Electronic road signs are used to display important information for open road commuters, whether it’s just a quick reminder to “buckle up” or warn you of any recent traffic delays.
What they’re not in place for is recreational use in the form of joking around, especially if said message happens to be a racial slur like the one that appeared on U.S. Route 40 in Maryland recently in a case that’s now being investigated as a hate crime.
According to WDVM, Maryland State Police responded to a complaint centered around a sign located at Smithfield Lane in Hagerstown. The driver who made the call around 12:30 AM earlier today reported that the message sign had been changed to display a racial slur, which was flashing on the monitor when police arrived. After quickly disabling it and removing the sign altogether, authorities immediate began investigating the situation by surveying local businesses and individuals in the area at the time.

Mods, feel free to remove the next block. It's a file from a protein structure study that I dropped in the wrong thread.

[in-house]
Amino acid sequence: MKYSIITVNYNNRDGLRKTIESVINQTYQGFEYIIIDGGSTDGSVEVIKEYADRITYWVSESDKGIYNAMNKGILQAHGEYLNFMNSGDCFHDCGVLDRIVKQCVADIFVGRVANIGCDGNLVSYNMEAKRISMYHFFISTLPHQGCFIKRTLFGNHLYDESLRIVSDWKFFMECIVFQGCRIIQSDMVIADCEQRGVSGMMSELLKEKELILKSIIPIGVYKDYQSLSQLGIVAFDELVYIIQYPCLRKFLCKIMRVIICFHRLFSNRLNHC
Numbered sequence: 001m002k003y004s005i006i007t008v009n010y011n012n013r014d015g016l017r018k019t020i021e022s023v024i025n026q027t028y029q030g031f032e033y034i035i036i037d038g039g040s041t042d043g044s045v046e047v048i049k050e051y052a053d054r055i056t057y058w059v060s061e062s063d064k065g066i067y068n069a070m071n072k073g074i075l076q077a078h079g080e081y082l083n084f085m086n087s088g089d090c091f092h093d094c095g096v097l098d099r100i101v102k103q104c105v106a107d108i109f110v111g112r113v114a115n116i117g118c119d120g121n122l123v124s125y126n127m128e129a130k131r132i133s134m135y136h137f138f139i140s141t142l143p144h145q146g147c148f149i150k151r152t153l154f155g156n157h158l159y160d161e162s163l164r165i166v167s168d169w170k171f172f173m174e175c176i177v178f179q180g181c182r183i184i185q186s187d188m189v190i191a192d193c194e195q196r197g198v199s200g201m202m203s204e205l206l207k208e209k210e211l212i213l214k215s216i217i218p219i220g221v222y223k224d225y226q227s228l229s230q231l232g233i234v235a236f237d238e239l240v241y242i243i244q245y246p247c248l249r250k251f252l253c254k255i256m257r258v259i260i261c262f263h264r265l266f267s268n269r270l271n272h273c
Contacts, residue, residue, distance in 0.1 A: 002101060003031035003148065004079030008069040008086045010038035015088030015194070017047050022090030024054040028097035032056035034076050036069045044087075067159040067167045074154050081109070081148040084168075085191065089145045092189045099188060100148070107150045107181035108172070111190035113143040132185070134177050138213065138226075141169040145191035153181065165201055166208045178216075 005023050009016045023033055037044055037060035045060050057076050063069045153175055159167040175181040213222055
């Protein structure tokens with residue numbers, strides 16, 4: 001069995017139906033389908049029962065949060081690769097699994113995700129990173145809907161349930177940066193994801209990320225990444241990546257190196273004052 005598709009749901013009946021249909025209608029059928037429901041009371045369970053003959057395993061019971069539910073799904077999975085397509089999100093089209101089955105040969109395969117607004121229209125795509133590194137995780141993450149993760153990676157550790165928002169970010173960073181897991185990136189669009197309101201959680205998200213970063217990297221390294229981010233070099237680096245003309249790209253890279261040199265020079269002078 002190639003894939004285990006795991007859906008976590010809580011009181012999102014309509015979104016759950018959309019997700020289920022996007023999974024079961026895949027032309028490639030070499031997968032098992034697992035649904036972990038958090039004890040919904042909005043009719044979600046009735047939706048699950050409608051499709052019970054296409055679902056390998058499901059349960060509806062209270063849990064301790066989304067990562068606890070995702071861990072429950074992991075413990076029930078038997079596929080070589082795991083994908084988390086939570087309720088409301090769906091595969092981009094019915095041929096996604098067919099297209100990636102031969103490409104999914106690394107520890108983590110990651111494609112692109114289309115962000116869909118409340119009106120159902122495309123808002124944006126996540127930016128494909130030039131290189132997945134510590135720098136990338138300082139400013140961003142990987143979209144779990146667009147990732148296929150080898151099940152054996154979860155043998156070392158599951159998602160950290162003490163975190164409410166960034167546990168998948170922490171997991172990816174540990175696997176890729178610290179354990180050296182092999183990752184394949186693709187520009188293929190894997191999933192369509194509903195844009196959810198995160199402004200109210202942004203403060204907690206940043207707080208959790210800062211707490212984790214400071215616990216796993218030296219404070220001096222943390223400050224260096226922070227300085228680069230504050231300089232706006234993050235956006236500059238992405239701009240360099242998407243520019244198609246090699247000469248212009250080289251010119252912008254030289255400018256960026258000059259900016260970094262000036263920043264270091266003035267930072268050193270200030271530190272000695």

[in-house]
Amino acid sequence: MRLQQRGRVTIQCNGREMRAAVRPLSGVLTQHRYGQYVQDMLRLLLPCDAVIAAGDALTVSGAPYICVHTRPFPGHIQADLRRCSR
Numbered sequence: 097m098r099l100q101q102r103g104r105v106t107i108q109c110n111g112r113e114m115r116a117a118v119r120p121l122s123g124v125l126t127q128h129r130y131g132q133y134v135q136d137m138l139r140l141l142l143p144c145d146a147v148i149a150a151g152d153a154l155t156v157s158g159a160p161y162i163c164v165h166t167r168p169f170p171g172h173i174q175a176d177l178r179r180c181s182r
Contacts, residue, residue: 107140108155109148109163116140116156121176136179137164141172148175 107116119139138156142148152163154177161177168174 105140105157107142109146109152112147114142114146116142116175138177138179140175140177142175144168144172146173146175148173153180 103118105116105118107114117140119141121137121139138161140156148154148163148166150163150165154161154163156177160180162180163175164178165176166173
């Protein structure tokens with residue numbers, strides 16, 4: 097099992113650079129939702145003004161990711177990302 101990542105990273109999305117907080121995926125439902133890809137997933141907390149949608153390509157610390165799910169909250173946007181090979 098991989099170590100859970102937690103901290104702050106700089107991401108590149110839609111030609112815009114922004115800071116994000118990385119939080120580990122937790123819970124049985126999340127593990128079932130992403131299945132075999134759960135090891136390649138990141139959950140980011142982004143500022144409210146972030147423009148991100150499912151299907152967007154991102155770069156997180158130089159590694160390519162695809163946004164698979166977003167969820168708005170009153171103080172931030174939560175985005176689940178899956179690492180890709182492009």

More on the still-ongoing investigation below, via WDVM:
“In a news release, Maryland State Police said, ‘Troopers placed the message board at that location approximately one week ago with an important safety message for motorists about distracted driving. The original electronic message was programmed to read, ‘do not text and drive.’ No arrests have been made, and there are no suspects or suspect vehicle descriptions at this time.’
Anyone with information about the person or persons responsible or who may have seen a vehicle at this intersection during the overnight hours is urged to contact Maryland State Police at 301-766-3800.”
Police haven’t revealed what the racist message said, but we’re willing to bet that it included one word specifically. Sometimes, we just have to ask: will we ever get a break — just one day! — when it comes to senseless racism?
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Maryland Road Sign On Route 40 Was Hacked To Display A Racial Slur was originally published on blackamericaweb.com